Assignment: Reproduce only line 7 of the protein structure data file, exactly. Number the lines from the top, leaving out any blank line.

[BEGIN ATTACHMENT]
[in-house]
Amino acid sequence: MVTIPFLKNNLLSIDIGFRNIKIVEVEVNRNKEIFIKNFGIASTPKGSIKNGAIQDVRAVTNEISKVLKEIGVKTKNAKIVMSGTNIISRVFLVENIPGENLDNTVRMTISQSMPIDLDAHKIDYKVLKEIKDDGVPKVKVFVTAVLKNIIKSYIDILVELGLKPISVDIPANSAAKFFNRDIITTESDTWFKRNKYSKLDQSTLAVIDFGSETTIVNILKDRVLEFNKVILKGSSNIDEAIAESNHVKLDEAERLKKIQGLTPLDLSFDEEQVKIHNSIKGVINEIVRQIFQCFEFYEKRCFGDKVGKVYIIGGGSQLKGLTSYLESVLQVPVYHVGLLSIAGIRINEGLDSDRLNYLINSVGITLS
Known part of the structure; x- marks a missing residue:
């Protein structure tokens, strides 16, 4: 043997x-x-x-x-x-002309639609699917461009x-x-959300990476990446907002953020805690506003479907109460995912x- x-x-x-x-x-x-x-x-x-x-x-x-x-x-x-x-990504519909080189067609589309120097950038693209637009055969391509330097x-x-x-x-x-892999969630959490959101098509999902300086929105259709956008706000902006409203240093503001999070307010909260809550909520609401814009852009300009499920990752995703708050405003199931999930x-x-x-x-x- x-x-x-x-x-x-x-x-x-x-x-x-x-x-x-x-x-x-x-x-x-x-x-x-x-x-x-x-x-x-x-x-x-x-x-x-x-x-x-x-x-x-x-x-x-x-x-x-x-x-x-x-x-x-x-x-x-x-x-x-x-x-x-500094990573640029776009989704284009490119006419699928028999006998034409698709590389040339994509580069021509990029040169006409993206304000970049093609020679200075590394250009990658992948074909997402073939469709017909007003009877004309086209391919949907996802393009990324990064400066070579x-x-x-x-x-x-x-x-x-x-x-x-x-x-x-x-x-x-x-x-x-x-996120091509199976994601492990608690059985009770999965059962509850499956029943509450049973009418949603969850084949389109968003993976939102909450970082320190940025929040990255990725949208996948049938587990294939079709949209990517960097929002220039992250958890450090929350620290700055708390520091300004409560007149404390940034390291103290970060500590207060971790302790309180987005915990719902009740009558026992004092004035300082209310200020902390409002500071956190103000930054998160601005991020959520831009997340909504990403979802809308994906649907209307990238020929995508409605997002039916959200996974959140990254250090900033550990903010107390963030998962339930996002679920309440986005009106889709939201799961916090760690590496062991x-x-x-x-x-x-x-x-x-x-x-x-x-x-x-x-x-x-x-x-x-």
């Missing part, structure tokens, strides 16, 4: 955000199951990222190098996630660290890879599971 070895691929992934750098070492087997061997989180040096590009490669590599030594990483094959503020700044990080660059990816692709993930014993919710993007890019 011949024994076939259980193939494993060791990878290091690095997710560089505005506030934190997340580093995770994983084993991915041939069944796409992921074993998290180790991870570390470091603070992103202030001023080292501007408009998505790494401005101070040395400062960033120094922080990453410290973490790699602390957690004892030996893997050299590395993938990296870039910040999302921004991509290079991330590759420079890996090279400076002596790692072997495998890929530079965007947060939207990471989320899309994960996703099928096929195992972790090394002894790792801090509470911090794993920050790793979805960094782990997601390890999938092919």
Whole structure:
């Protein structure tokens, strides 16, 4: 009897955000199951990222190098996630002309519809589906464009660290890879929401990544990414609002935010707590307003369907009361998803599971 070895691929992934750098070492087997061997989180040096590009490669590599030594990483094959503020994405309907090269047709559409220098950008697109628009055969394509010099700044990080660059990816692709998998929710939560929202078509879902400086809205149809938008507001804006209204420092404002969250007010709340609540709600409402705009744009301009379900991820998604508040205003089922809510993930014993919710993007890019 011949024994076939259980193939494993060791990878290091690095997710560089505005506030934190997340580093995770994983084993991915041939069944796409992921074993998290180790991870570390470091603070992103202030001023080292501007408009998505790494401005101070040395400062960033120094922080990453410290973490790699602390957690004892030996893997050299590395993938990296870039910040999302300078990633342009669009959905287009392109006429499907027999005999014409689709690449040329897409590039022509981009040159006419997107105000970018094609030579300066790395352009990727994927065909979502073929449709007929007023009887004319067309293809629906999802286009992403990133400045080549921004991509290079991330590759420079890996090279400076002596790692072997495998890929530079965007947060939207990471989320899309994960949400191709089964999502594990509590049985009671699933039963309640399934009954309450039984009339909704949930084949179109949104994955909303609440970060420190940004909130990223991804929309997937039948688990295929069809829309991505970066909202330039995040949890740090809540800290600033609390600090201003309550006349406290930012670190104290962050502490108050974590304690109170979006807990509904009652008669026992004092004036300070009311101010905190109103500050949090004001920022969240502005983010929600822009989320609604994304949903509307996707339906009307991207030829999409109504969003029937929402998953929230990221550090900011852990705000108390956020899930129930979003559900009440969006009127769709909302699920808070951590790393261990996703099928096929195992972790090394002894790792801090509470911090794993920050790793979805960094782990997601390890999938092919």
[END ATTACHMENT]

């Protein structure tokens, strides 16, 4: 009897955000199951990222190098996630002309519809589906464009660290890879929401990544990414609002935010707590307003369907009361998803599971 070895691929992934750098070492087997061997989180040096590009490669590599030594990483094959503020994405309907090269047709559409220098950008697109628009055969394509010099700044990080660059990816692709998998929710939560929202078509879902400086809205149809938008507001804006209204420092404002969250007010709340609540709600409402705009744009301009379900991820998604508040205003089922809510993930014993919710993007890019 011949024994076939259980193939494993060791990878290091690095997710560089505005506030934190997340580093995770994983084993991915041939069944796409992921074993998290180790991870570390470091603070992103202030001023080292501007408009998505790494401005101070040395400062960033120094922080990453410290973490790699602390957690004892030996893997050299590395993938990296870039910040999302300078990633342009669009959905287009392109006429499907027999005999014409689709690449040329897409590039022509981009040159006419997107105000970018094609030579300066790395352009990727994927065909979502073929449709007929007023009887004319067309293809629906999802286009992403990133400045080549921004991509290079991330590759420079890996090279400076002596790692072997495998890929530079965007947060939207990471989320899309994960949400191709089964999502594990509590049985009671699933039963309640399934009954309450039984009339909704949930084949179109949104994955909303609440970060420190940004909130990223991804929309997937039948688990295929069809829309991505970066909202330039995040949890740090809540800290600033609390600090201003309550006349406290930012670190104290962050502490108050974590304690109170979006807990509904009652008669026992004092004036300070009311101010905190109103500050949090004001920022969240502005983010929600822009989320609604994304949903509307996707339906009307991207030829999409109504969003029937929402998953929230990221550090900011852990705000108390956020899930129930979003559900009440969006009127769709909302699920808070951590790393261990996703099928096929195992972790090394002894790792801090509470911090794993920050790793979805960094782990997601390890999938092919």